No Two Exams are Alike!: Everyone has a different family health history, personal health history, and lifestyle – so your exam will not look like someone else’s!

Other Helpful Tips:

  • To help guide a powerful provider-patient conversation, go to and complete our breast and ovarian risk assessment quiz before your well-woman exam. Print out your quiz results and use them as a conversation starter!
  • Under the Affordable Care Act, the annual well-woman exam is completely covered by insurance. So no excuses! This year, Bright Pink is taking a new and innovative approach to helping you schedule your exam. Start a conversation with us by visiting


*Source: The ZocDoc Healthcare Dropout Survey (May 2015). Retrieved from:

Fueling our Mission, Personal Stories, We Love

Dear Bright Pink …

Bright Pink’s supporters are paramount in helping us achieve our mission of empowering women to live proactively. Our hearts were filled to the brim when we got a donation from an 11-year-old named Maia. She shared:


We’re touched by Maia’s generosity. Follow her lead by making a gift to support our work. Together, we can ensure girls like Maia can be healthy and live on until they, too, are super, super old. 😉  Give Today.

Assess Your Risk, Community

This International Women’s Day, We #PressforProgress in Women’s Health

Since the early 1900’s, women across the globe have come together on one day a year to celebrate sisterhood and rally behind driving progress for women’s rights and wellbeing. This day, globally recognized as International Women’s Day, is close to Bright Pink’s heart for many reasons. In 2018, we are focused on one reason in particular: The power and spirit of community.

At Bright Pink, we know and believe in the power of the collective effort–we see it in our office, in our daily work, and in the communities we work with. We’re committed to #PressforProgress in women’s health all month long, in honor of both International Women’s Day and Women’s History Month. How? By encouraging women across the nation to #SelfCareandShare and join a growing community of female health heroes who are prioritizing breast and ovarian health. This is what progress looks like, in action:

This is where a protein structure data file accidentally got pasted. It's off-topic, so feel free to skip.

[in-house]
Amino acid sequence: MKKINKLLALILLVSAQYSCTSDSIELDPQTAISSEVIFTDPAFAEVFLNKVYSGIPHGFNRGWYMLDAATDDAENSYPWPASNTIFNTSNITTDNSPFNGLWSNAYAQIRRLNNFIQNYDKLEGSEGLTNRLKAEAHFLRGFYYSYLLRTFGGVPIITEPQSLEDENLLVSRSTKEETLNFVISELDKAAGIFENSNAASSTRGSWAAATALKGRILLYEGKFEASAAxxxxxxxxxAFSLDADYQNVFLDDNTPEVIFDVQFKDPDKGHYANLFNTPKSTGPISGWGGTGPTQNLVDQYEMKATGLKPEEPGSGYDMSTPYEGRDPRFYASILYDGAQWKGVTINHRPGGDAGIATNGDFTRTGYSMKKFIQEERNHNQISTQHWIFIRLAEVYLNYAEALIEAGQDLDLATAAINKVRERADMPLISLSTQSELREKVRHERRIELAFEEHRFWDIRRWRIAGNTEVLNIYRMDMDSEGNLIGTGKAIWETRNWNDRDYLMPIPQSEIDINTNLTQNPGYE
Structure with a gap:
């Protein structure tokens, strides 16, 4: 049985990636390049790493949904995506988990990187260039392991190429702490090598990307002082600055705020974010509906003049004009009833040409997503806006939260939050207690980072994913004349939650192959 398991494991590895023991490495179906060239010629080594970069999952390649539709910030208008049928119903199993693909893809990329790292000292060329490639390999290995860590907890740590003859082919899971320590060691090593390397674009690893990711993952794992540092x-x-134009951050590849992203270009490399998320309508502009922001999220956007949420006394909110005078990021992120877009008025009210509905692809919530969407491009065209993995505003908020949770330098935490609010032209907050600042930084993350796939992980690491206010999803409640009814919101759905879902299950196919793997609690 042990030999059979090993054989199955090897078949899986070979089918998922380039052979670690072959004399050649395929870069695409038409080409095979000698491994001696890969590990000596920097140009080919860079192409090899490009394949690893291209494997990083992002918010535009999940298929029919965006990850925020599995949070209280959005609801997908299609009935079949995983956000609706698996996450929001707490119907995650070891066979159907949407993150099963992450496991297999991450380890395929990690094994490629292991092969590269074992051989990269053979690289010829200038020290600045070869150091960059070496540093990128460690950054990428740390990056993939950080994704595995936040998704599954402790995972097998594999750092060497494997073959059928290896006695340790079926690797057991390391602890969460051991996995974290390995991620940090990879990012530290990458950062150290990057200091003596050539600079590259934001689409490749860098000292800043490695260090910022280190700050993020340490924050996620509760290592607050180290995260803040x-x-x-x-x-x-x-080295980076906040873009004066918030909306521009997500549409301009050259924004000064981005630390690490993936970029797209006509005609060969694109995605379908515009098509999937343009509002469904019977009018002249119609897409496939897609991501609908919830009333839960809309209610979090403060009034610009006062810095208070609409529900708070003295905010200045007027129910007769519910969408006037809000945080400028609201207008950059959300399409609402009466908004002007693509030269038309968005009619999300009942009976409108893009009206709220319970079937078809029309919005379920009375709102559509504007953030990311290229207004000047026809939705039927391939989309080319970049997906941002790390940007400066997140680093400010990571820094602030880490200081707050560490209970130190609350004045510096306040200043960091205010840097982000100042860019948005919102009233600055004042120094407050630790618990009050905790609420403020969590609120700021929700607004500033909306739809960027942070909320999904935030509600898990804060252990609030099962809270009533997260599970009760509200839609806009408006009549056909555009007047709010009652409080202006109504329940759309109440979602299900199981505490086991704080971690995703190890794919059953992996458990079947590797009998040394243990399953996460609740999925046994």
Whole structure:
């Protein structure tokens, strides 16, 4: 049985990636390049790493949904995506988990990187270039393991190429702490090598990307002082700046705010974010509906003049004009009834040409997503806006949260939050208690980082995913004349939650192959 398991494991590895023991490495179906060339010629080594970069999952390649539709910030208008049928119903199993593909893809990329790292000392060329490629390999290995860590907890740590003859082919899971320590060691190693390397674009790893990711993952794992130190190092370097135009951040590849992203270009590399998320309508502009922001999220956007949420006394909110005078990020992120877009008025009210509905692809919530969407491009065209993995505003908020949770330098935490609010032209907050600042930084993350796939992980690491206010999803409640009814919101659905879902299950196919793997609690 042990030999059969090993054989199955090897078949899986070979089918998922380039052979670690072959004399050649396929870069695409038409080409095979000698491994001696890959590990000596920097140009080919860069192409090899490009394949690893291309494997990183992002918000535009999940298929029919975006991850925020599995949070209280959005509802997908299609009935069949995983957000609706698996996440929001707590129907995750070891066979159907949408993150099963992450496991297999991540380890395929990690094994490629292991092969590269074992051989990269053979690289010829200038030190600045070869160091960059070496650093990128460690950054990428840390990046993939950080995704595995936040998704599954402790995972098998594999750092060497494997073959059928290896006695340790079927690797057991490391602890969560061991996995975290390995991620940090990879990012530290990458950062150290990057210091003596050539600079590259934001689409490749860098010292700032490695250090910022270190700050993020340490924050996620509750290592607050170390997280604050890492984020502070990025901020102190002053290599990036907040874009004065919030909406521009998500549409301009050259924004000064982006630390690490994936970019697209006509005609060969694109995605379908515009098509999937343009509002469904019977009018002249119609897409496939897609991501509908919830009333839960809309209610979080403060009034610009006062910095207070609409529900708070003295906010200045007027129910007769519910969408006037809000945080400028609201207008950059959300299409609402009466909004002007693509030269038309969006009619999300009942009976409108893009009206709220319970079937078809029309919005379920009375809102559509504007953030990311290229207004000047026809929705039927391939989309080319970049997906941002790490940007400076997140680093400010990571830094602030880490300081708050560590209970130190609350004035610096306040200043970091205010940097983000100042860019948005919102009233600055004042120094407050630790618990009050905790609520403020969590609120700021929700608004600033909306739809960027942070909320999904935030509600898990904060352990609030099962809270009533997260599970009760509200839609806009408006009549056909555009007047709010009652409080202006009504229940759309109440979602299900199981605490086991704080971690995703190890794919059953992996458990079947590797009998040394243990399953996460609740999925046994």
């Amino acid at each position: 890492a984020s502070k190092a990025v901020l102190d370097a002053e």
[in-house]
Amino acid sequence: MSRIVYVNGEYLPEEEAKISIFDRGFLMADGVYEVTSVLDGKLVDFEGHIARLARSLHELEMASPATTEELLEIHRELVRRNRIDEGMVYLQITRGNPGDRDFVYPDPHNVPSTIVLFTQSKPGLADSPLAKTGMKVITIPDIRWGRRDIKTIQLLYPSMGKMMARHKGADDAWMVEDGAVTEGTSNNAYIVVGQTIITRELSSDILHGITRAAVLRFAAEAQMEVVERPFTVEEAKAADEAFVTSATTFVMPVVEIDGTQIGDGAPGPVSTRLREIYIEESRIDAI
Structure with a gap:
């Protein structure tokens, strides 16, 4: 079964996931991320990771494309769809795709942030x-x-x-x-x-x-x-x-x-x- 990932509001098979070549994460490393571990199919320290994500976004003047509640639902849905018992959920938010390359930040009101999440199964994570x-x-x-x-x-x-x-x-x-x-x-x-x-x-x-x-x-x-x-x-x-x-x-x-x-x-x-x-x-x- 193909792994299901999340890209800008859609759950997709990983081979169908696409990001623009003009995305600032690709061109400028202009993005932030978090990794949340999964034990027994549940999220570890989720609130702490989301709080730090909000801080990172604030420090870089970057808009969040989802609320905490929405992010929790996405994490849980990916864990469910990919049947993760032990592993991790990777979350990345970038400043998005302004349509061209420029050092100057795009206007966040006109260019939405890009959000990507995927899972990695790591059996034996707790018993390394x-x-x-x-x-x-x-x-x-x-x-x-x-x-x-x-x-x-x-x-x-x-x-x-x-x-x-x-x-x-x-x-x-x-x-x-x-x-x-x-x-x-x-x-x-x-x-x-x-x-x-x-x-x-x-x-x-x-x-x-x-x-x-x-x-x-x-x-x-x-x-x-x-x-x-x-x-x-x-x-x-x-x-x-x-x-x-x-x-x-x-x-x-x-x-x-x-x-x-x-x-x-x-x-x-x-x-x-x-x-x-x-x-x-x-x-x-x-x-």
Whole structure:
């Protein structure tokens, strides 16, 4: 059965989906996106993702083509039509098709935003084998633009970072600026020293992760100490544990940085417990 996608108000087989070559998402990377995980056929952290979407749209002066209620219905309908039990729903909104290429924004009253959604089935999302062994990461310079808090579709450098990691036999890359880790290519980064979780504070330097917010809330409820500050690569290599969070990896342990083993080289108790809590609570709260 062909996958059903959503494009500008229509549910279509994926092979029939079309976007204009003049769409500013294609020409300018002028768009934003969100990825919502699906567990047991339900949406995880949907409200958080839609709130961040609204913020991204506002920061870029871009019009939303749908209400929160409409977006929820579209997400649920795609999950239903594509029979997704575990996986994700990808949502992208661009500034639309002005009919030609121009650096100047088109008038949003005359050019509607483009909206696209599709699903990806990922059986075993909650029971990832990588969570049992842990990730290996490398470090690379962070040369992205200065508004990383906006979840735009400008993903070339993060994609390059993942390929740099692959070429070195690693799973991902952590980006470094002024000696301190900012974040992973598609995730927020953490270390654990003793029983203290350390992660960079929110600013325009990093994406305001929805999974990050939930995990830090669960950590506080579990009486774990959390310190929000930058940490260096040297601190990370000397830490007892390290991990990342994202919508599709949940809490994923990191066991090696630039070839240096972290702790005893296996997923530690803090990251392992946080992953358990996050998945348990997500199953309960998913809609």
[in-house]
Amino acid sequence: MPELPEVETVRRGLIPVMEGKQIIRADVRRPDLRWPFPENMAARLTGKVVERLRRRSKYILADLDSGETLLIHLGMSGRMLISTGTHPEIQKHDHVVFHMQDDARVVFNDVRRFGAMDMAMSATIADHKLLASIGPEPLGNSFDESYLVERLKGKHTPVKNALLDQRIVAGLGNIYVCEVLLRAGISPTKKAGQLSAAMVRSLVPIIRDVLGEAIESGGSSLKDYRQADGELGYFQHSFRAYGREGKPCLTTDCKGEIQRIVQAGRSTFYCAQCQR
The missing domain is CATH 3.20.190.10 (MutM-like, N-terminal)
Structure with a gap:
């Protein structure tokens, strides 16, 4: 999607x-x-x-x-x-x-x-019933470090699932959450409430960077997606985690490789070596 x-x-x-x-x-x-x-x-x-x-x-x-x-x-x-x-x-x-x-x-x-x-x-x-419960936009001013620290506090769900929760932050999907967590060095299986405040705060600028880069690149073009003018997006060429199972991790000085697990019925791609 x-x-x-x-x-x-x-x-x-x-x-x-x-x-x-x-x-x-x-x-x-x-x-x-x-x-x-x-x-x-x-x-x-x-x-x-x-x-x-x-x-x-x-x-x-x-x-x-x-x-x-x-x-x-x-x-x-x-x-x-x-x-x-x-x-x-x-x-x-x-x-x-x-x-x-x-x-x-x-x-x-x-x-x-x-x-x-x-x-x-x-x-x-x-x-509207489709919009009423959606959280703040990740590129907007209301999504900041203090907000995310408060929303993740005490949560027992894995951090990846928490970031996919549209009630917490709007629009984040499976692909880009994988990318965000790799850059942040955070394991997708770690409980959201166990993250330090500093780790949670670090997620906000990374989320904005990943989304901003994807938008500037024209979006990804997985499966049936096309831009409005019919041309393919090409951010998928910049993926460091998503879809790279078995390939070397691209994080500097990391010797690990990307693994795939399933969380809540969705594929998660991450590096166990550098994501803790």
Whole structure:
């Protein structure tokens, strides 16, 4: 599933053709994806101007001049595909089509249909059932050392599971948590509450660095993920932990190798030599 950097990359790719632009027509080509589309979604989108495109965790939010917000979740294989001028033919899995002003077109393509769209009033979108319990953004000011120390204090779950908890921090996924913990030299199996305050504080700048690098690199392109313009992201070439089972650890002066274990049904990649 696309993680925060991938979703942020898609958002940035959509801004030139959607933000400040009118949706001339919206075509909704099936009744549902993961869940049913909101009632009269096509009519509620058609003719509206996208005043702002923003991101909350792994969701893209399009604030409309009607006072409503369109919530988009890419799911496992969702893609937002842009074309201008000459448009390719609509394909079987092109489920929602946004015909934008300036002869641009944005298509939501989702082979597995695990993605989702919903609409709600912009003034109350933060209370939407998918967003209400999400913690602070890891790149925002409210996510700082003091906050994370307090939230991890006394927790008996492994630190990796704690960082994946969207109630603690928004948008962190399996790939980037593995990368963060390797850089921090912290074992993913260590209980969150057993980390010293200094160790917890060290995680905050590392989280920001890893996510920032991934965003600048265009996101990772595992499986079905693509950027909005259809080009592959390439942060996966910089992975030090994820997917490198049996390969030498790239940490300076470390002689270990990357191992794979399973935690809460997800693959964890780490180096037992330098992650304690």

1. See health care as a form of self-care by assessing your risk for breast and ovarian cancer using our tool Assess Your Risk™
  2. Share Assess Your Risk™ with 8 women you love to create a sentiment of sisterhood and extend the knowledge that 1 in 8 women will be diagnosed with breast cancer in their lifetime.

Not only is it important to continue to #PressforProgress in women’s health, but it’s also important to celebrate the work we have accomplished together thus far. In 2018 alone, 57,000+ women have assessed their risk for breast and ovarian cancer–contributing to a total of over 900,000+ women since Bright Pink’s inception. That is definitely something worth celebrating!

It’s an exciting time to be a woman. And together, we are stronger. Together, we can make an impact. Together, we can become proactive health advocates and encourage others to do the same.

Join in on our conversation around health care as self-care all month long by following Bright Pink on social media and using the hashtag #SelfCareandShare 

Assess Your Risk, Community, We Love

Every Wednesday this March, Bright Pink is ‘Crushing’ on a Different Fearless Female

Each Wednesday throughout March, in honor of Women’s History Month, Bright Pink will be highlighting a different woman who has made incredible strides for women’s health and wellbeing. #WomenCrushWednesdays are intended to elevate heroic stories of women’s health advocates with the goal of inspiring and motivating that same heroism in you!

Wednesday, March 7th

This week’s crush: Mary Claire King, Ph.D.

“At a time when most scientists believed that cancer was caused by viruses, she relentlessly pursued her hunch that certain cancers were linked to inherited genetic mutations. This self-described ‘stubborn’ scientist kept going until she proved herself right.” – Former President Barack Obama, upon awarding King with the National Medal of Science

How she’s a hero: Mary Claire King is recognized as a pioneer in the field of genetics. In 1990, after years of research and motivated by the passing of a childhood friend, she made a revolutionary link between genetics and cancer through her discovery of the BRCA1 gene–or chromosome 17–that we now consider a main identifier of breast and ovarian cancer. Her discovery came at a time when many scientists believed that cancer was viral and that genes played no role in cancer diagnosis. Her discovery of the BRCA1 gene was revolutionary in not only identifying breast and ovarian cancer, but in diagnosing and treating these cancers as well.